MEPs take faltering first step on aviation emissions

(13.11.2007   WWF and FoE press releases)

The European Parliament voted this morning on proposed legislation to include
the aviation sector in the EU’s carbon trading scheme. WWF and Friends of the
Earth  feel that the legislation as it stands, and as approved by the vote today,
doesn’t go far enough towards curbing the sector’s emissions.

EU plans to tackle aviation’s increasing climate change impacts through the Emissions
Trading Scheme remain inadequate after MEPs failed to significantly strengthen
European Commission proposals in Strasbourg earlier today (13 November).   Aviation
is the fastest growing source of carbon dioxide in Europe, and failure to cut
it will seriously jeopardise EU plans to cut European emissions by 30% by 2020.

"The European Parliament today had the opportunity to show that Europe has real
teeth when it comes to tackling global warming, ahead of the UN negotiations on
the future of the Kyoto Protocol.  Instead they voted to only slightly improve
the proposed legislation but missed the perfect opportunity to really curb the
emissions from the sector that is the fastest growing contributor to climate change,"
says Kirsty Clough, Climate Change Policy Officer at WWF-UK.

MEPs voted for the following:

  • 25% of emissions permits to be auctioned with option to increase later (Friends
    of the Earth and other NGOs wanted 100% from the start of the scheme).   The rest
    will be given out for free.
  • 2011 start date for all flights (NGOs wanted 2010)
  • Pollution permits to be `capped’ at 90% of aviation carbon dioxide emissions
    [based on the average of 2004-6 emissions] (NGOs wanted a 50% cap).   So this is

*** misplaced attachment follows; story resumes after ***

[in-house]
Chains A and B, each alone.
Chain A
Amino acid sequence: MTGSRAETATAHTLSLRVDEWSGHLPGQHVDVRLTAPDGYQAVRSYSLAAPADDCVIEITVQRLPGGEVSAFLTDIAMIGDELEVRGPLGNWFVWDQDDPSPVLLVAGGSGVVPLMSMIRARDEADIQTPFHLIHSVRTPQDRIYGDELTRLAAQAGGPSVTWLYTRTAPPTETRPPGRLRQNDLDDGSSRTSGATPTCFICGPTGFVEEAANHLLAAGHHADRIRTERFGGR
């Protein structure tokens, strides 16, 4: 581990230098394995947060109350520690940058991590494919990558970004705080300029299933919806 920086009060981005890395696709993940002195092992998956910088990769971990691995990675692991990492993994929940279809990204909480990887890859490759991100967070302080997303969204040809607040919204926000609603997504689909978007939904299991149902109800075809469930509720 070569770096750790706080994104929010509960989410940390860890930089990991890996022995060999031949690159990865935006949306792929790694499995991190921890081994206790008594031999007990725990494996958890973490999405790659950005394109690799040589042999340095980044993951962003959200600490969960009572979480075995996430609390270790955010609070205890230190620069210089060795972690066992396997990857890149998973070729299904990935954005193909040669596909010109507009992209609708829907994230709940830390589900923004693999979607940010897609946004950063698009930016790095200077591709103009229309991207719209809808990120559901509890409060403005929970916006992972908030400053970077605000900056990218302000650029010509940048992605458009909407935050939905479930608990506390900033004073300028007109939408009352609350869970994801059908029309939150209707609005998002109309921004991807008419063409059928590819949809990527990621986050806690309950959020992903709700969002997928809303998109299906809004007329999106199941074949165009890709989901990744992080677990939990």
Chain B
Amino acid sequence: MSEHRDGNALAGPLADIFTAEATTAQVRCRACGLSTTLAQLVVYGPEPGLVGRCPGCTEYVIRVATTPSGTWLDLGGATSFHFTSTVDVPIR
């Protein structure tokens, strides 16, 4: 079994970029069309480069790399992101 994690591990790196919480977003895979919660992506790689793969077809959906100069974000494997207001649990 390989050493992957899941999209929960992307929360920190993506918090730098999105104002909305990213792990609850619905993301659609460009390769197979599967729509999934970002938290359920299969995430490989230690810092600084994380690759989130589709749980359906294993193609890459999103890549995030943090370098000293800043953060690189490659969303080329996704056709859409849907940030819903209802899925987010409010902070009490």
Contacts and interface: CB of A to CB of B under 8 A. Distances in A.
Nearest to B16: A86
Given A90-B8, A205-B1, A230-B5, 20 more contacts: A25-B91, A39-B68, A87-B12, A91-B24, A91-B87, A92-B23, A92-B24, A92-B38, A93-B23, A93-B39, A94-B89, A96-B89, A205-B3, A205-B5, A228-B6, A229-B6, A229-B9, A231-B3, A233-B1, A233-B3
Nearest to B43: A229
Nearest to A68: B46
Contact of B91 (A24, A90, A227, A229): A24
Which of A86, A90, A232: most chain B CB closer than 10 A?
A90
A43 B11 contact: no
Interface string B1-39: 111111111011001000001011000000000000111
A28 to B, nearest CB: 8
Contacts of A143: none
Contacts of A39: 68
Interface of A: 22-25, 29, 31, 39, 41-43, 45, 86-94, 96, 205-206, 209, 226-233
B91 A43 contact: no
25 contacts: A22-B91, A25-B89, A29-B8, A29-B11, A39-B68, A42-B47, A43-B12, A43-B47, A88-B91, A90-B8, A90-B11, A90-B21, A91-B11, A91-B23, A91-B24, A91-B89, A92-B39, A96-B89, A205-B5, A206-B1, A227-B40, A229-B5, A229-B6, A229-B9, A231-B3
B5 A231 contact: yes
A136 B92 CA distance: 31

only a 10% reduction compared to their emissions in 2004-6, when   they join the
    scheme in 2011.
  • A multiplier of at least two, to be used to compensate for the additional impacts
    of emissions from aircraft at altitude; (NGOs wanted this)
  • Exemption from the ETS for planes weighing less than 20,000kg, like many business
    jets (NGOs wanted no exemptions)

To be in line with other sectors covered by the EU Emissions Trading Scheme (ETS),
the effort for aviation should be a 50% reduction from 2004-2006 levels, rather
than the 90% cap agreed today.  

However, a WWF commissioned report showed that full auctioning would have little
impact on the profit margins of airlines and yet still provide the most incentives
to reduce emissions. It would also create a level playing field within the sector,
while potentially generating revenues worth between 3.3 and 9.8 billion Euros
per year.

The relatively weak stance that the EU parliament has chosen to take today only
serves to highlight that the UK government’s current position concerning aviation
emissions is not acceptable.   The Emissions Trading Scheme alone is an insufficient
solution to aviation emissions.

"It has always been clear that the ETS was only ever going to be a first step
in tackling emissions from aviation," continued Kirsty Clough. "There must be
other policies and measures put in place.   Aviation emissions must be included
in the UK’s Climate Change Bill right from the very start."

The European Parliament’s aviation proposal will now pass on to the EU’s Environment
Ministers in the European Council in December.   In 2008, Parliament and Council
consider the legislation again (2nd reading).

It is crucial that they do not opt to water down this proposal further, if the
ETS is to be a strong enough first step towards tackling aviation emissions.


WWF press release

Friends of the Earth press release